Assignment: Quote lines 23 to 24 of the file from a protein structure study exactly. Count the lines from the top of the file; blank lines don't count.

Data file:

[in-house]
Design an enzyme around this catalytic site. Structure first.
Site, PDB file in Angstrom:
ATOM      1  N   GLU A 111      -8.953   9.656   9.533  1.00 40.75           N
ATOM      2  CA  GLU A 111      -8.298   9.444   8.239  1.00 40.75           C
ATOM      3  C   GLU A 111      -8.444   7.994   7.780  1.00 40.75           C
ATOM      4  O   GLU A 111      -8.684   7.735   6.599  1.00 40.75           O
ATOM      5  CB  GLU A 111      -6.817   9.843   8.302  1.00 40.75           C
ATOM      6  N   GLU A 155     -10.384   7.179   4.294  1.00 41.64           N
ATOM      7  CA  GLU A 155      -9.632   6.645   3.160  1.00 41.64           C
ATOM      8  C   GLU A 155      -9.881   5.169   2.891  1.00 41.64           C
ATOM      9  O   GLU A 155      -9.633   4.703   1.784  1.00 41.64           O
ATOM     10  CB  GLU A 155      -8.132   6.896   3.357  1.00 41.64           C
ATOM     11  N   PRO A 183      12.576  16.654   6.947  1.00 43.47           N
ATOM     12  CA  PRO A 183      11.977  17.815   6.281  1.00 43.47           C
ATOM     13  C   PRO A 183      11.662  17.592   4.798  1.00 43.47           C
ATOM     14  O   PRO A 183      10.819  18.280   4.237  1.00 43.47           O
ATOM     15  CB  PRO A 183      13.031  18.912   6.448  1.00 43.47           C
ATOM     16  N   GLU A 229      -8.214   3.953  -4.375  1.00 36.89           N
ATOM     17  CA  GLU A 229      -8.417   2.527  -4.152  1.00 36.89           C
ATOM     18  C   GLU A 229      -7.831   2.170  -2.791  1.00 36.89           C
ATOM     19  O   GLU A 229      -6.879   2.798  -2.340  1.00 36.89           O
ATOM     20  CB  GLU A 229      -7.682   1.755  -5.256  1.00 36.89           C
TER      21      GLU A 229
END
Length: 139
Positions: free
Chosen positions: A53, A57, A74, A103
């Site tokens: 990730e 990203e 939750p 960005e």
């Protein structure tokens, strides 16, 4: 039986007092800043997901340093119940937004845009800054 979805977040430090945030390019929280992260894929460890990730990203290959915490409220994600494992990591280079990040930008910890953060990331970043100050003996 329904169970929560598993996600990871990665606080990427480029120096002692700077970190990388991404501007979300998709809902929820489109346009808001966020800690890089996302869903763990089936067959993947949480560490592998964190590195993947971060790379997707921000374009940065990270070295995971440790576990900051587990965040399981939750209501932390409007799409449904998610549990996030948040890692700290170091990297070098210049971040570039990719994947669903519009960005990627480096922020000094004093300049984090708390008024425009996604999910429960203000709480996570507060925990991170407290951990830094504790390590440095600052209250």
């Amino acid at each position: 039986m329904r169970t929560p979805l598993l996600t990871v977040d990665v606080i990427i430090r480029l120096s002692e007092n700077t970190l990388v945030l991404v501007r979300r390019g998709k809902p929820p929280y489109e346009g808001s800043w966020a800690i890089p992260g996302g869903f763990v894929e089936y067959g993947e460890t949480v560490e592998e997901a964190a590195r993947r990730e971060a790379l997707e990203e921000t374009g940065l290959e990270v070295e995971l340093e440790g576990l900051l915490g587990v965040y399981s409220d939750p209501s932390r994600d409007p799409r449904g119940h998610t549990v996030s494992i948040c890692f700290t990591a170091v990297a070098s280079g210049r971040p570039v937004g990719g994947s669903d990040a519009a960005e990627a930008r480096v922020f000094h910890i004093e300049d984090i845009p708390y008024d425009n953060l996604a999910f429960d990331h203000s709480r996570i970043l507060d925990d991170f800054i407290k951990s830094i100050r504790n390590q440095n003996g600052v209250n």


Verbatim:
ATOM     20  CB  GLU A 229      -7.682   1.755  -5.256  1.00 36.89           C
TER      21      GLU A 229